I could see why the pioneers on the Oregon Trail avoided this place. For miles in every direction, all I could see was black lava. It was dark, desolate, and dry. I was at Craters of the Moon National Monument, in the Snake River Plain of Idaho (AKA middle of nowhere).
One of the beauties of this trip is that I cast my net widely, and decided to include national monuments and other sites operated by the National Park Service as destinations. We have 59 amazing national parks, but it's too easy to forget that we have hundreds if not thousands of other sites that are still protected by the National Park Service in some way. In fact, many of our national parks were once mere national monuments, before they were elevated to that grand "national park" status (I want to learn a little bit about how the designation system works--I don't really know how it all works).
I began the drive over from Alta, Wyoming, a little bittersweet. I was driving away from the mountains--the location of several challenging days. As I proceeded west, all I could see were plains. Pretty soon, I saw a small mountain off in the distance. I forget the name of it, but the early pioneers also used this as a beacon as they headed west along the Snake River.
I told the park rangers that I wanted to run easy today. Something with very minimal elevation gain (or loss). I'd spent 3 hard days in the mountains--climbing over 10,000 vertical feet--and my cold was getting worse. I needed an easy day. The ranger had just the trail for me: the Wilderness Trail. It was 4.5 miles out to the end on flat, soft, cinder, and very little elevation change. This was also in the Craters of the Moon Wilderness Area--the first designated wilderness area in our national park system. I'd have unrivalled solitude back here.
On my way over to the trailhead, I marveled at the lava that surrounded me. There were also cones and mounds that had sprouted out of the earth. I was glad I wasn't climbing any today.
I reached the trailhead, and read up on everything I needed to know. With my cold, I wanted to stay hydrated. I topped up my 100-oz Camelbak again, even though at 1 p.m. it was only in the high 70s--relatively cool for an inhospitable place like this.
And just like that, I was off! The beginning of the run had me go into a pretty thick lava field. This was part of a shorter loop that I could see many families liked. It was definitely what one would imagine when one thinks about running through a lava field.
Pretty soon, though, the landscape changed. The path was wide cinder--almost like a red carpet. It sure felt like one; the cinder absorbed my footstrikes and the absence of any obstacles made for easy running. This was just what I needed after several hard days in the mountains.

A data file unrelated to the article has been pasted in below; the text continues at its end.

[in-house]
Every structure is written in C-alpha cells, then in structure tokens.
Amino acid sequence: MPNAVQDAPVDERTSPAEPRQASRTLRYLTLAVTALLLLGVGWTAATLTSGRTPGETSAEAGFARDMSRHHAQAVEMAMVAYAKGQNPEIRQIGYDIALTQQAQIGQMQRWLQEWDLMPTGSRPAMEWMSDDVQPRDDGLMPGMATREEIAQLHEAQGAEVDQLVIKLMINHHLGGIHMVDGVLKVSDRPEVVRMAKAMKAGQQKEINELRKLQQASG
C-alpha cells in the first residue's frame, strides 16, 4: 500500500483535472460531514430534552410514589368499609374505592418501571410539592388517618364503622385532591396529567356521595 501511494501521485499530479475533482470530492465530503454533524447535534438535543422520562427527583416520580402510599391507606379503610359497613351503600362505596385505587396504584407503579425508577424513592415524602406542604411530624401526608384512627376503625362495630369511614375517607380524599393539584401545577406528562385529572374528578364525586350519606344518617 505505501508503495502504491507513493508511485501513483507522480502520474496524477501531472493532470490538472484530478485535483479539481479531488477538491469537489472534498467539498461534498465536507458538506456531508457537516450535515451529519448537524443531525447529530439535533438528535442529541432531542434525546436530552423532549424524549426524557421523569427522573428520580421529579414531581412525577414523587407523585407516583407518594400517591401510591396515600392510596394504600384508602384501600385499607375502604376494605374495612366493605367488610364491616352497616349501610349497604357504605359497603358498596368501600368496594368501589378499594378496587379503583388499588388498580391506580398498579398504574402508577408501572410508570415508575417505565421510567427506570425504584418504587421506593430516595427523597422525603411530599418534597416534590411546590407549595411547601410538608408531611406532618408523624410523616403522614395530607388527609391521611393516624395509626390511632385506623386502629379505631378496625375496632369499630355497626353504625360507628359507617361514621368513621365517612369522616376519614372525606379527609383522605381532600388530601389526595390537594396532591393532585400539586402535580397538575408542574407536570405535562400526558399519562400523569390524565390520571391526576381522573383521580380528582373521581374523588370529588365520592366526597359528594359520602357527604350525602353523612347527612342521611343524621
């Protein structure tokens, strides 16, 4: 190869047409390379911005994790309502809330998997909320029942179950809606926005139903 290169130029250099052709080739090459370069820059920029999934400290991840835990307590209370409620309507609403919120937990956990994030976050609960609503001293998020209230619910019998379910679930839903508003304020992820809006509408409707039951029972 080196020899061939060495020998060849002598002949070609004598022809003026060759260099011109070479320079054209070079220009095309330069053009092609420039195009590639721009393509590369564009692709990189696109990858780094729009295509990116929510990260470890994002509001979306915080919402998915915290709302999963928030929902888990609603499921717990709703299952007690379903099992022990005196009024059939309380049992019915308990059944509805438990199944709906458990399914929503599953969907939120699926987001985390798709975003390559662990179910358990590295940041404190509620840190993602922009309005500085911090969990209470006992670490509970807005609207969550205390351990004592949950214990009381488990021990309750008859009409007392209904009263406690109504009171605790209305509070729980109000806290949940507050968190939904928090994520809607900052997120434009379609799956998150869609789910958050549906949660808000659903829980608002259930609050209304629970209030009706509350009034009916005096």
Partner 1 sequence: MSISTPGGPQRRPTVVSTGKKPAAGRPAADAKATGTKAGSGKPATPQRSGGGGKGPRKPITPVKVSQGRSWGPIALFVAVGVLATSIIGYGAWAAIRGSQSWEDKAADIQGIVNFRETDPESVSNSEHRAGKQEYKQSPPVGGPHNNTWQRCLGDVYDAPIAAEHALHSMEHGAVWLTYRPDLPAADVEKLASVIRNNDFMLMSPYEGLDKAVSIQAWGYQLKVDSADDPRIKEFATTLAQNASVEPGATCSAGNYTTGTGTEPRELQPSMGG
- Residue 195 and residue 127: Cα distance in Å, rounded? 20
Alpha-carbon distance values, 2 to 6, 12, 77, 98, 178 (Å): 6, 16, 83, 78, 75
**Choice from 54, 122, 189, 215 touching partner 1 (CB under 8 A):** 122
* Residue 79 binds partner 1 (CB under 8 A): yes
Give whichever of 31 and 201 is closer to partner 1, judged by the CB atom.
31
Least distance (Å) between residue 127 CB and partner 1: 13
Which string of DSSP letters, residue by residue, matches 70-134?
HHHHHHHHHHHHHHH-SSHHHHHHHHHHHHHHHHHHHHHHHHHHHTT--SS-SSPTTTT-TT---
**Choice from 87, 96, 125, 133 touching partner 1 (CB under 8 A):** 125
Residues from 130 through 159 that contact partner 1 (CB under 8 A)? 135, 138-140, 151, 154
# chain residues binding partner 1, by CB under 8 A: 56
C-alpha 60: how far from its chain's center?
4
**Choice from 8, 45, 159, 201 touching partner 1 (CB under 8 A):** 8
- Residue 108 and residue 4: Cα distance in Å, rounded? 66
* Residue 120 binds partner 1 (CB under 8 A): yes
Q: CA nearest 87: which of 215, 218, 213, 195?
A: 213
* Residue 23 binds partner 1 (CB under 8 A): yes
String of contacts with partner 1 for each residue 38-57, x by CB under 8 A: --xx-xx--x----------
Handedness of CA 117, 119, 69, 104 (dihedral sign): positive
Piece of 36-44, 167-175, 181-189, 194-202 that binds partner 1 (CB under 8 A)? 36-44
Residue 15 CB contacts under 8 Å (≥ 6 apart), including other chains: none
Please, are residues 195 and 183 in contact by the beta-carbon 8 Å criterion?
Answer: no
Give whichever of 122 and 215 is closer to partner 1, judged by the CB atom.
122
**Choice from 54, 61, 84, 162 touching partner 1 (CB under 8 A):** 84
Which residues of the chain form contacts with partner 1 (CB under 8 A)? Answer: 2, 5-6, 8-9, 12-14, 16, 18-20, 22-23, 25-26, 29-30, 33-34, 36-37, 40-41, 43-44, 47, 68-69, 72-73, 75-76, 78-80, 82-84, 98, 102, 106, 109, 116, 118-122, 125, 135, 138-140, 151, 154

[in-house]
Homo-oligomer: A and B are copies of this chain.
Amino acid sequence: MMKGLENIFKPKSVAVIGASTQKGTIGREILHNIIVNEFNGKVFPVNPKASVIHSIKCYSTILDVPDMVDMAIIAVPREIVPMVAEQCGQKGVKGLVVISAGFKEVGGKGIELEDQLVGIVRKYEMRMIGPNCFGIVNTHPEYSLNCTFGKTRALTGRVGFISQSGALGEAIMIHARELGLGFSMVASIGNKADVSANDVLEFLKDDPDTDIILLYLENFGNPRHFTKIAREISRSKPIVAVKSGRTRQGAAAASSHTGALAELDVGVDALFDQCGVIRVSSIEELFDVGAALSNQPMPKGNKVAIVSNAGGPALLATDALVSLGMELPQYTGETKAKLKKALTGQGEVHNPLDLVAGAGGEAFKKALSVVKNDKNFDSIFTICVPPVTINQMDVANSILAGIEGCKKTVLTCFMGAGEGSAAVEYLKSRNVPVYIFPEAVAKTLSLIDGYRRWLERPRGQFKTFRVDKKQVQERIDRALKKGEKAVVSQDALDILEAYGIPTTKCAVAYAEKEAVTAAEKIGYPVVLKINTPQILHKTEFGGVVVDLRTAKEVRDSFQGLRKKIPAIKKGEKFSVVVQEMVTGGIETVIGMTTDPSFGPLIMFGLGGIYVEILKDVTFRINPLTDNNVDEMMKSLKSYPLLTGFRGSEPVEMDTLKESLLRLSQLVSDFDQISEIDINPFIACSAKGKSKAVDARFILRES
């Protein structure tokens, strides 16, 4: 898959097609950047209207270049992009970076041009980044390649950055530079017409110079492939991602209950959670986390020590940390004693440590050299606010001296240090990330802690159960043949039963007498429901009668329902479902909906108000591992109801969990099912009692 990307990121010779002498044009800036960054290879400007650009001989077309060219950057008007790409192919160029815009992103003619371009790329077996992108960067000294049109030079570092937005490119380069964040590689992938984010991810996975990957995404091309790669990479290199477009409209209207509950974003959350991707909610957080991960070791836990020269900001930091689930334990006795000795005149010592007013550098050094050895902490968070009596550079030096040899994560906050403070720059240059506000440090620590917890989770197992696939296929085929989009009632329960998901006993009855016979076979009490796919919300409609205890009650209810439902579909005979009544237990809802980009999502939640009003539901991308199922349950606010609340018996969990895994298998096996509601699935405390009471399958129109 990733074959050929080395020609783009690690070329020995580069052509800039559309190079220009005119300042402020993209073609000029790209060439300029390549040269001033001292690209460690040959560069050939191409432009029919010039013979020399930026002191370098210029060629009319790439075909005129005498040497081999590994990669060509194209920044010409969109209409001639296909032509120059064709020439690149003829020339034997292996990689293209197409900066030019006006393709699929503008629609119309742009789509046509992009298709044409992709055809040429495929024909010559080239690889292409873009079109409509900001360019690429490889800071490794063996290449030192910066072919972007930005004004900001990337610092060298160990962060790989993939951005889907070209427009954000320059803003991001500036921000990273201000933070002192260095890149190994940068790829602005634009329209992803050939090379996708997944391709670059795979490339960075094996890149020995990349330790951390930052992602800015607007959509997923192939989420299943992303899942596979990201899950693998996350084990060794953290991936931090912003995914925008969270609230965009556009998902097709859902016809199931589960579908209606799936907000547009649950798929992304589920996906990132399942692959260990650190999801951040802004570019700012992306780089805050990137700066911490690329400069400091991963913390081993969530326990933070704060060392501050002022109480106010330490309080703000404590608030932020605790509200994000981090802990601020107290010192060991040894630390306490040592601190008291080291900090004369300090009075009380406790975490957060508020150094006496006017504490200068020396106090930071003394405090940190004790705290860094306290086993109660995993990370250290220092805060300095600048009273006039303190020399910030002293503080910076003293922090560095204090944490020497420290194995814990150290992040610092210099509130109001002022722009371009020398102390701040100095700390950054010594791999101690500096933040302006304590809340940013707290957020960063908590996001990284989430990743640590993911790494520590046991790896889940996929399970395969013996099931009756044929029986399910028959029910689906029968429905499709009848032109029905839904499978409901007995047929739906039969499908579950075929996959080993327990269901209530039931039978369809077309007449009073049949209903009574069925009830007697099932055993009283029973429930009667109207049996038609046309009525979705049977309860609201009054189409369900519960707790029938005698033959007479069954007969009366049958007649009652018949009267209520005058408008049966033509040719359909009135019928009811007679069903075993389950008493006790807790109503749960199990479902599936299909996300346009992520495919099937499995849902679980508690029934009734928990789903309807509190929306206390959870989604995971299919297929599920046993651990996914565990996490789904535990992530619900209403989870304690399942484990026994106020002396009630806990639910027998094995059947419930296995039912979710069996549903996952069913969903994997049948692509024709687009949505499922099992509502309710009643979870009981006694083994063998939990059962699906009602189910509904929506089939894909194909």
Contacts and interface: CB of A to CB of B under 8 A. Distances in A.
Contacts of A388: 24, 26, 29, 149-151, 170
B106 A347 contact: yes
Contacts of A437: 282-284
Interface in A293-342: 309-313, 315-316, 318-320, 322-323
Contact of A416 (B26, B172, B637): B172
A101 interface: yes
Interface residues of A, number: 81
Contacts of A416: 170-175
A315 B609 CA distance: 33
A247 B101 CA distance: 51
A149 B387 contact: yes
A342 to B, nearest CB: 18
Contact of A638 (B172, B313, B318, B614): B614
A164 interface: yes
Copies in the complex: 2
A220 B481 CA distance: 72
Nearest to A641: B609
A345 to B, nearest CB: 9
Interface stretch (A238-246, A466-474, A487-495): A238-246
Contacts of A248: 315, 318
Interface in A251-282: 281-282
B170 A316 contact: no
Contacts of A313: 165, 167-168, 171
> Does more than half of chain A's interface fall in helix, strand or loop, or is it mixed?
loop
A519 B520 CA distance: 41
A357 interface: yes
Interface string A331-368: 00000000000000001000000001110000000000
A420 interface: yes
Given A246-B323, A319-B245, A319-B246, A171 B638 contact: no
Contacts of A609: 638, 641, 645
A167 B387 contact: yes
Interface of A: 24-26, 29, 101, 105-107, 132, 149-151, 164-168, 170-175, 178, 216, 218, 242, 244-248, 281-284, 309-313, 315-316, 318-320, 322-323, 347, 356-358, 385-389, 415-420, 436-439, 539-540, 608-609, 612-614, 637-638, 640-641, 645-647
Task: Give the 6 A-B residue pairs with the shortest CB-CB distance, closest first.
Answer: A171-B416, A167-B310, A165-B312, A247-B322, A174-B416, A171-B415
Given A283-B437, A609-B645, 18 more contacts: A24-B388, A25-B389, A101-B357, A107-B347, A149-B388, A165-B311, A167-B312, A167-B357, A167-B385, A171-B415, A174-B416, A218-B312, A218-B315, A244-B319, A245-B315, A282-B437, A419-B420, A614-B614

I was able to pick up a solid, steady pace--just over 9-minute miles. I followed the red carpet out into the wilderness. That red carpet disappeared from time to time. Following the trail was only slightly harder. But there were cairns to follow, and the path was pretty clear.
This wilderness area was certainly not what I imagined when I thought of Craters of the Moon. I saw very little black lava. But the feeling of solitude was immense. I was all by myself in a vast desert-like environment. Every now and then, I'd see patches of black lava, which reminded me where I actually was.
After over 4 miles, I was confused by why I hadn't reached the end of the trail. Had I gone off track again? I rounded a bend and saw a cinder mound off ahead of me. I figured that that was Sentinel Butte, the end of the marked Wilderness Trail.
As I got closer, I realized that this must be it--the mound rose up out of the plain, providing a perfect vantage point for a sentinel to see miles in every direction.
I noticed a human-trodden switchback trail up the butte. I figured I'd follow it up. It was steep and slippery, the lava rocks were like little ball bearings. Every step I took, my foot would slide back halfway down the mound. One step forward, half step back, one step forward, half step back. Here, you can kind of see the incline.
The view from the top was pretty spectacular. I found a father-son duo resting at the summit as well.
What was particularly pleasing about the view was the juxtaposition of all the different colors and environments. You had red cinder right in front of you, black lava interspersed with yellow and brown grasses, occasional greenery, the brown mountains off in the distance, and the clear blue sky above. Really, it was unique.
My feet took a break too.
On the way back, I grew tired. It was getting hot. I began rationing my water. I drained the 100-oz reservoir right before returning to the trailhead. The trail had been nice and flat. But I was beat.
I wasn't about to leave Craters of the Moon just yet. I'd been told about the caves that one could explore. I decided to take my headlamp and head into Boy Scout Cave.
It was pretty scary in there. There was no lighting except the light that you brought in. And there was no guide except a railing that you could hold onto as you passed through the initial crawl space. Inside, I looked around, like a cave explorer, using my headlamp for light, and also occasionally my iPhone. There were 4 other people inside with me. I led the way.
It was also very cold inside. We could see ice formations on the cave floor. Slippery! My hands began to get numb. Certainly, this was a nice respite from the dry heat on the surface. After reaching the end, we turned around and headed to the surface. It was hot--really hot.
And then, I was gone. I had many miles to cover. I drove straight west on route 20 straight into the setting sun. It was somewhat monotonous, but I enjoyed tracking the sun as it set off in the distance.
Eventually, it grew so red that I had to pull over and take a photo of it with my zoom lens.
And so ended another beautiful day exploring our national parks.